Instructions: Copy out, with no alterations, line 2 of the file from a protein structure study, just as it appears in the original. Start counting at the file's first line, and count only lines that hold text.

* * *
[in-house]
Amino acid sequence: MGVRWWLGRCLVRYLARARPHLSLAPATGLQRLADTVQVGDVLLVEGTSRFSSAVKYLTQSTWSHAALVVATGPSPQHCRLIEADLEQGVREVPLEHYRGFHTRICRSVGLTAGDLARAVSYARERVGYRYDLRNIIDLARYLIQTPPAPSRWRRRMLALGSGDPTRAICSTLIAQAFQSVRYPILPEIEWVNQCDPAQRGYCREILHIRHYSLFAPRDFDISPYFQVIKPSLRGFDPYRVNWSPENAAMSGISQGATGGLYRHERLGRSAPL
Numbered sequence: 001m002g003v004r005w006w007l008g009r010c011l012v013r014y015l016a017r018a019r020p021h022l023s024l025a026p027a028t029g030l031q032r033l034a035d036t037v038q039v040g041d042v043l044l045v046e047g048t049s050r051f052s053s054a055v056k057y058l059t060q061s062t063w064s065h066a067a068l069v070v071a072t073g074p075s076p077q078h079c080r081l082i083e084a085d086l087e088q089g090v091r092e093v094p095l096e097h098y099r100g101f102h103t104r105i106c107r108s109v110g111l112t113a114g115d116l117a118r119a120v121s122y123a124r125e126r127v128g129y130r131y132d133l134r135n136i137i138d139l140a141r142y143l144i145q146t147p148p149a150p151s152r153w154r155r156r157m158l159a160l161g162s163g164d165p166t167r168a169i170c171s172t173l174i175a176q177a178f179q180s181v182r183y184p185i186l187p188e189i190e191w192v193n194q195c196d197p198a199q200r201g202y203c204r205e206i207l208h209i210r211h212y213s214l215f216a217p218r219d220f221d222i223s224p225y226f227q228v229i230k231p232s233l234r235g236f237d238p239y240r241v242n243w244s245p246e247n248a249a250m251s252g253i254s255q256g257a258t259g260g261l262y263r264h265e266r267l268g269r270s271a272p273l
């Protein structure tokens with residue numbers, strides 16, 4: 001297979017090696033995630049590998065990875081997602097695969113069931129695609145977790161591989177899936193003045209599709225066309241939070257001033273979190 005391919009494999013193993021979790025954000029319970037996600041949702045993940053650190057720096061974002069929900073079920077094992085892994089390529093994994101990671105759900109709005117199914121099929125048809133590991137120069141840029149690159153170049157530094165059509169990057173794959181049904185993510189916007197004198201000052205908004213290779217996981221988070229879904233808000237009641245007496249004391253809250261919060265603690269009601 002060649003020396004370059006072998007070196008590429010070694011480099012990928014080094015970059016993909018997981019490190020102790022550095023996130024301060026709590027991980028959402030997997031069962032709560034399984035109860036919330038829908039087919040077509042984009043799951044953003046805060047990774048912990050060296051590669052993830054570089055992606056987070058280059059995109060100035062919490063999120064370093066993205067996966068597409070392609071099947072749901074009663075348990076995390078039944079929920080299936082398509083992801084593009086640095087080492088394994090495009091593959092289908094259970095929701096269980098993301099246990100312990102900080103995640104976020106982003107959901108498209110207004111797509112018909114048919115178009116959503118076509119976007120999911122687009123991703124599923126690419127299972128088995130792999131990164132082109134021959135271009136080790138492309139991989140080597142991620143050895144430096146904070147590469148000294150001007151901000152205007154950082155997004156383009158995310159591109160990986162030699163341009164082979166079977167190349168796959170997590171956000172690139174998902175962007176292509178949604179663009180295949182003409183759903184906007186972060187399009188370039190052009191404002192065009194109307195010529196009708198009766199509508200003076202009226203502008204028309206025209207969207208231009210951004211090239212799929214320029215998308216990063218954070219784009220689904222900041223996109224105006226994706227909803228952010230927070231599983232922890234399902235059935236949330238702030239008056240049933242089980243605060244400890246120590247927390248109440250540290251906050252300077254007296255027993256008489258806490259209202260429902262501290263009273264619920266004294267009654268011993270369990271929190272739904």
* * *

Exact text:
Amino acid sequence: MGVRWWLGRCLVRYLARARPHLSLAPATGLQRLADTVQVGDVLLVEGTSRFSSAVKYLTQSTWSHAALVVATGPSPQHCRLIEADLEQGVREVPLEHYRGFHTRICRSVGLTAGDLARAVSYARERVGYRYDLRNIIDLARYLIQTPPAPSRWRRRMLALGSGDPTRAICSTLIAQAFQSVRYPILPEIEWVNQCDPAQRGYCREILHIRHYSLFAPRDFDISPYFQVIKPSLRGFDPYRVNWSPENAAMSGISQGATGGLYRHERLGRSAPL